'The spectator and not the actor is the central focus of Brecht’s stagecraft'

Seminar Paper, 2005

15 Pages, Grade: 1,0



I. Introduction: Brecht’s epic theatre

II. ‘The spectator and not the actor is the central focus of Brecht’s stagecraft’
1. Verfremdungseffekt in Brecht’s theatre
2. Gestus and Haltung
3. Special case: Lehrstück

III. Conclusion


I. Introduction: Brecht’s epic theatre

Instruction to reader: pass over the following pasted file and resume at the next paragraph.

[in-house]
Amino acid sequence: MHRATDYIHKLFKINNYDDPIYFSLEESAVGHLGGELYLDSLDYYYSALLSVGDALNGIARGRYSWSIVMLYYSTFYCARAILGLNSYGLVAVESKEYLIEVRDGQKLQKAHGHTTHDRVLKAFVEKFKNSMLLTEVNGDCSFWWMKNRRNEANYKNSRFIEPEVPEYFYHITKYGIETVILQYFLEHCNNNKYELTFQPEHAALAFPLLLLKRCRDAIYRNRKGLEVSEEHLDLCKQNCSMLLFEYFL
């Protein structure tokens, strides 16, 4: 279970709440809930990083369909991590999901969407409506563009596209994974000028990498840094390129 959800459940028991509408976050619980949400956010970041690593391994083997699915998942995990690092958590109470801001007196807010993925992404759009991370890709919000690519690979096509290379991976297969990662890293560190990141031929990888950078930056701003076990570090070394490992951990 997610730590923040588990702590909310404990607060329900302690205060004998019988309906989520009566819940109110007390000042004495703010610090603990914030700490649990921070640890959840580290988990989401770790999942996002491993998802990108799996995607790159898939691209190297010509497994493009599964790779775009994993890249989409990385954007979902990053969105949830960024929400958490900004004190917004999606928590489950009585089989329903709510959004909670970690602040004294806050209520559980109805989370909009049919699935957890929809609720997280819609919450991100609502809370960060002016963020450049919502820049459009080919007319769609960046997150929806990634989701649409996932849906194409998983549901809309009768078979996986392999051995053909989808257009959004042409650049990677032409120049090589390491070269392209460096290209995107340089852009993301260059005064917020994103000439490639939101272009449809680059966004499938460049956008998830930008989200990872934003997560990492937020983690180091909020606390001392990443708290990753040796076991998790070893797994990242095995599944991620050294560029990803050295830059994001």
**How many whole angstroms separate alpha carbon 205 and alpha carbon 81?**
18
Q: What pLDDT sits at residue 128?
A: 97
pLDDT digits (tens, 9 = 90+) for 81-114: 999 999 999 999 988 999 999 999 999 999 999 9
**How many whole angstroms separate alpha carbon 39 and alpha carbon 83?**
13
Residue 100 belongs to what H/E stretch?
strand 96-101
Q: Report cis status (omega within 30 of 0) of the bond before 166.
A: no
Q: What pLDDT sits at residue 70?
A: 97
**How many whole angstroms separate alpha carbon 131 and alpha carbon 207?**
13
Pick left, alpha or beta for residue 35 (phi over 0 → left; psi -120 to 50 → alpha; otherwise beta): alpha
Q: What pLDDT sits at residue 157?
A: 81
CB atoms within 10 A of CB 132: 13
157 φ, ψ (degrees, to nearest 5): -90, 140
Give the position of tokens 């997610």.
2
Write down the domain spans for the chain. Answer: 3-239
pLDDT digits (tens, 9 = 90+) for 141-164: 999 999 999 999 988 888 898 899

The most important principle of Brecht’s epic theatre is its aim of representing conditions rather than developing actions. This theatre is designed to show attitudes in the sense of relationships between people, their connections to the environment and their roles in politics and society. Thus the human being is the focus, the object of inquiry of Brecht’s plays, but not as an individual but as a social being which is shaped and changed through interactions with society through life. Furthermore each scene has its own value and is in itself determined through beginning and end. Therefore it is possible to connect only the most important scenes, one after another, whereas in a completed action, such as the case in dramatic theatre defined by Aristotle, one scene results out of another. In Brecht’s plays the focus lies on the process of the story, on the how and why, rather than on the product and the ending, on the what. Combining these two main principles of Brechtian theatre, the human being and the process, the overall aim is to study the human being in the process of society, raising the question if changes can be made in order to alter present conditions.